27 June 2013, Razorbill
E ARC from Netgalley.com
Emma has high hopes for fourth grade until she realizes that Isla is in her class-- the same Isla who compared her to a "poopy brown M&M" in kindergarten. She also has to deal with the insufferable Daniel, who was moved up from third grade because he is so brilliant. Luckily, Emma fixed one of her friends up with a boyfriend at summer camp, and her classmates are clamoring for her to use her "superpower" on them. Emma manages to pair up Otto and Leah, who both like fantasy books, and manages to rope Kevin into a "playground wedding" with her best friend, Claire. When Isla demands to be paired up with lacrosse playing soccer, Emma is at a lost... because Parker is in the 6th grade and doesn't even go to their school! She does her best, and while frantically trying to pair up everyone before the fall festival, finds a crush of her own (aside from superstar Jake LaDrake!).
Strengths: I really like this author's other series, Take Two and Liberty Porter. DeVillers is sort of a Carolyn Heywood of the new millenium. She must have a grade school age daughter, since she hits all the minutiae of 4th grade right on the head. Square dancing in gym with a boy who was a good foot taller than I was... had a bad flashback while reading this, it was so vivid.
Weaknesses: I found this disturbing. Even if fourth graders ARE this interested in romance, should we be encouraging them? There are some vague attempts to redirect girls, but a playground wedding? A ten year old writing "Emma LaDrake" in her notebook? Just made my skin crawl on a very personal level. If it were 7th graders, it would still be a bit uncomfortable. That said, I do remember trying to maneuver on the school bus so I could sit next to Shawn Bunger every morning...I just don't know. Any thoughts from people who deal with actual fourth graders?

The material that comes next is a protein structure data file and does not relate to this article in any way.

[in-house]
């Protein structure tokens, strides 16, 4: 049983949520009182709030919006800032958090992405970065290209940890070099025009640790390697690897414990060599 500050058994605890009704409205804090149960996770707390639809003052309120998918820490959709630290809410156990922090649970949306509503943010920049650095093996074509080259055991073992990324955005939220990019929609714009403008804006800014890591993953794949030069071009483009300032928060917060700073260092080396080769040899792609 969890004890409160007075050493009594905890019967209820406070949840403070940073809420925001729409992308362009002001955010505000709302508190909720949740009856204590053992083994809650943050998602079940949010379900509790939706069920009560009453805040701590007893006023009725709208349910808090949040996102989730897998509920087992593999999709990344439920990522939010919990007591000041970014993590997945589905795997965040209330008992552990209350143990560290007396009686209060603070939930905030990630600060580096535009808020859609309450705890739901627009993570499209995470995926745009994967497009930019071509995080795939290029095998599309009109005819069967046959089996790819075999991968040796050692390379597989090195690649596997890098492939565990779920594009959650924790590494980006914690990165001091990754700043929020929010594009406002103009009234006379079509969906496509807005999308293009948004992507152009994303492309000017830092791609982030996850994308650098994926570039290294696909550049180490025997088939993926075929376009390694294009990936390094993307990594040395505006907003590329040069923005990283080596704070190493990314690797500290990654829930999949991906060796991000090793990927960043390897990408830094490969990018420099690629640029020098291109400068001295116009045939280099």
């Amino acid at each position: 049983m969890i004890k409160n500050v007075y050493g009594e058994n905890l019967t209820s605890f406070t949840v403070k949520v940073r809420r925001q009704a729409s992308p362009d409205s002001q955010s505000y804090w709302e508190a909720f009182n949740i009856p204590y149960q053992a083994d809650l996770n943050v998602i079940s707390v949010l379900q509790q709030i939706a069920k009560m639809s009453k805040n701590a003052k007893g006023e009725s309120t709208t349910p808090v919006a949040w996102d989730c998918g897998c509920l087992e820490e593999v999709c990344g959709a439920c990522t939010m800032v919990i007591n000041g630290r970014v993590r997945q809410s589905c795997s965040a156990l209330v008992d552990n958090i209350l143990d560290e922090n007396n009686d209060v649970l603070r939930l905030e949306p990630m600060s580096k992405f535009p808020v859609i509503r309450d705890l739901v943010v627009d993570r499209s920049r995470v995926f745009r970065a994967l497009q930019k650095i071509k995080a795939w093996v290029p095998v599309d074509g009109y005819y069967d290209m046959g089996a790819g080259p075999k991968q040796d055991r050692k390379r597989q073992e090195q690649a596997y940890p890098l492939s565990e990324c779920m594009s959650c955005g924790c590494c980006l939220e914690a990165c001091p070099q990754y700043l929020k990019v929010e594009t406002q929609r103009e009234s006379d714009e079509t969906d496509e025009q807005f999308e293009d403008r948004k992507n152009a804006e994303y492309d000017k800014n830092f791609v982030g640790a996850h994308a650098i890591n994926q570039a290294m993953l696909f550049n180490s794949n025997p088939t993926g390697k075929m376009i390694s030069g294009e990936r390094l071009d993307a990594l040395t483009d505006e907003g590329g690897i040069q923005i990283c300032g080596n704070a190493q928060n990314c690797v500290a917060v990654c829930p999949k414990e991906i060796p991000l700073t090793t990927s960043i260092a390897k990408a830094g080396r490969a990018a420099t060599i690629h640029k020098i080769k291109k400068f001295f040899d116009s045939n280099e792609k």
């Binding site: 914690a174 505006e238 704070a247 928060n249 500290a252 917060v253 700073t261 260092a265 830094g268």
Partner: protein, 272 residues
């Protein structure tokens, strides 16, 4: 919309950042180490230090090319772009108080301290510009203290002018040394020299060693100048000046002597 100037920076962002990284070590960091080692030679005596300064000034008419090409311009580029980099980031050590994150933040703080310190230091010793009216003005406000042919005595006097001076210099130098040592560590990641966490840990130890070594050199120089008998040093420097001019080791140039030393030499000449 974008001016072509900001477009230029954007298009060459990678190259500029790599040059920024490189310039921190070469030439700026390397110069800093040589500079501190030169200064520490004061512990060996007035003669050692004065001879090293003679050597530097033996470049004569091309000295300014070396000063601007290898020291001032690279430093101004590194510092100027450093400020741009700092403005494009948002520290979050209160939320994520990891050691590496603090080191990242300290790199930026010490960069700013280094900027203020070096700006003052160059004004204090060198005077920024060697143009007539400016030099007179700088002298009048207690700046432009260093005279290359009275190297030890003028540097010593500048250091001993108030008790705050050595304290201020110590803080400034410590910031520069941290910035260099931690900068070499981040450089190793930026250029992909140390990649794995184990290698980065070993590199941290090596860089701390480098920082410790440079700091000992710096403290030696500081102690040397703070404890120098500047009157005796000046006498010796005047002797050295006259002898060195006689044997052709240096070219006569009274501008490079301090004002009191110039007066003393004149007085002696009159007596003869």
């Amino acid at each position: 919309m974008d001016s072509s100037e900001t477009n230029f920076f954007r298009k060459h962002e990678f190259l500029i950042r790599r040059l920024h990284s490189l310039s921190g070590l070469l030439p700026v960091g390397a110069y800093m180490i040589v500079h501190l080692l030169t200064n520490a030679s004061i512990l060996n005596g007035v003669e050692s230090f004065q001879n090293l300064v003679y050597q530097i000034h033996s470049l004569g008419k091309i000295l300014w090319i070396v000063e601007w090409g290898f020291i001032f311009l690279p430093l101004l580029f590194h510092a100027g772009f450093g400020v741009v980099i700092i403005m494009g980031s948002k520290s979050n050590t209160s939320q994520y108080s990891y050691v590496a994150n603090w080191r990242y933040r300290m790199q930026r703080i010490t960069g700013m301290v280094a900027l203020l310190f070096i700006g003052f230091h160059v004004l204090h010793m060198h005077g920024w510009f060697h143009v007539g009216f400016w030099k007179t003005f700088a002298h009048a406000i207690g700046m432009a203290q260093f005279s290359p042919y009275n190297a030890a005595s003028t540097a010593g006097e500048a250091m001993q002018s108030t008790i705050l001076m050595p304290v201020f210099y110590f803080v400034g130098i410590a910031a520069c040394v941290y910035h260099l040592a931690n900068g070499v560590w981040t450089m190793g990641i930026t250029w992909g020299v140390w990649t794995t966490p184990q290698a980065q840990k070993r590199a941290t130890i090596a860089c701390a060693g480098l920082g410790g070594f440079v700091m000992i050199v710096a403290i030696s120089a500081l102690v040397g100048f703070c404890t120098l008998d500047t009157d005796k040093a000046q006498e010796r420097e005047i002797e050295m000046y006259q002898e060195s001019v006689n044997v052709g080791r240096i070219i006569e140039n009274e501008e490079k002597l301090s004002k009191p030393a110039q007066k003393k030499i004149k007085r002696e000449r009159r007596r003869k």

Ignatow, Amy. The Awesomely Awful Melodies of Lydia Goldblatt and Julie Graham-Chang ( The Popularity Papers #5)
5 March 2013, Amulet
After their cross country summer trip, Lydia and Julie are back home. For their birthdays, they want musical instruments so they can form a band—not because it’s a cool thing to do, but because they like music. Lydia gets a guitar, and Julie gets a drum set, and they both sign up for lessons and start to practice. When school starts, they reconnect with their friends, and reluctantly let Jane into their band so that she will stop talking about her break up with Chuck. Roland is in the bad as well, and the group gets a gig—at a six year old’s birthday party. It doesn’t go well, but they persevere. They go to one of Melody’s parties to figure out what “cool teenagers” would do, only to find that it’s one of Melody’s new project meetings, not a party. Eventually, the band decides to have their own party and have the Macrame Owls perform at that, where they are a success. Jane and Chuck get back together, and Julie and Roland start dating.
Strengths: Good family relationships, realistically drawn middle school incidents, and a nice mix of pictures and hand drawn text make these books really popular.
Weaknesses: Still can’t get over the fact that while most of the characters are drawn realistically, Julie’s nose takes up her entire face. Seriously. Whose nose goes all the way out to the outside corners of her eyes? That seems odd, but it’s bothered me through all the books!